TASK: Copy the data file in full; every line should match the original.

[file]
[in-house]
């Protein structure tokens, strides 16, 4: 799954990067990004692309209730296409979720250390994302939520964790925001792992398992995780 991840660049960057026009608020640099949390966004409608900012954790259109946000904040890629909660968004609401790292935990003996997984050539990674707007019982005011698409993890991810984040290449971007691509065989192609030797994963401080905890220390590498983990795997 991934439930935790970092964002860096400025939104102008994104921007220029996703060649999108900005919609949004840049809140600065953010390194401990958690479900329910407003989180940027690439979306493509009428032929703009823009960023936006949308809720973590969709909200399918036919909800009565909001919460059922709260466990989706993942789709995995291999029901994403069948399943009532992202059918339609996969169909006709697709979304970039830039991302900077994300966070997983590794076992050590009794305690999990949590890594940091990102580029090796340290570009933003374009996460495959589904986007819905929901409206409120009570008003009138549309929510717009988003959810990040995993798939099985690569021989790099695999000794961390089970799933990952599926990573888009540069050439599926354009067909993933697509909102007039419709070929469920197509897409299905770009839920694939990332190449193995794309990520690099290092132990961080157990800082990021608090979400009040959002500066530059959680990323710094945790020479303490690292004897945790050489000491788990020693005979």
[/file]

[in-house]
């Protein structure tokens, strides 16, 4: 799954990067990004692309209730296409979720250390994302939520964790925001792992398992995780 991840660049960057026009608020640099949390966004409608900012954790259109946000904040890629909660968004609401790292935990003996997984050539990674707007019982005011698409993890991810984040290449971007691509065989192609030797994963401080905890220390590498983990795997 991934439930935790970092964002860096400025939104102008994104921007220029996703060649999108900005919609949004840049809140600065953010390194401990958690479900329910407003989180940027690439979306493509009428032929703009823009960023936006949308809720973590969709909200399918036919909800009565909001919460059922709260466990989706993942789709995995291999029901994403069948399943009532992202059918339609996969169909006709697709979304970039830039991302900077994300966070997983590794076992050590009794305690999990949590890594940091990102580029090796340290570009933003374009996460495959589904986007819905929901409206409120009570008003009138549309929510717009988003959810990040995993798939099985690569021989790099695999000794961390089970799933990952599926990573888009540069050439599926354009067909993933697509909102007039419709070929469920197509897409299905770009839920694939990332190449193995794309990520690099290092132990961080157990800082990021608090979400009040959002500066530059959680990323710094945790020479303490690292004897945790050489000491788990020693005979």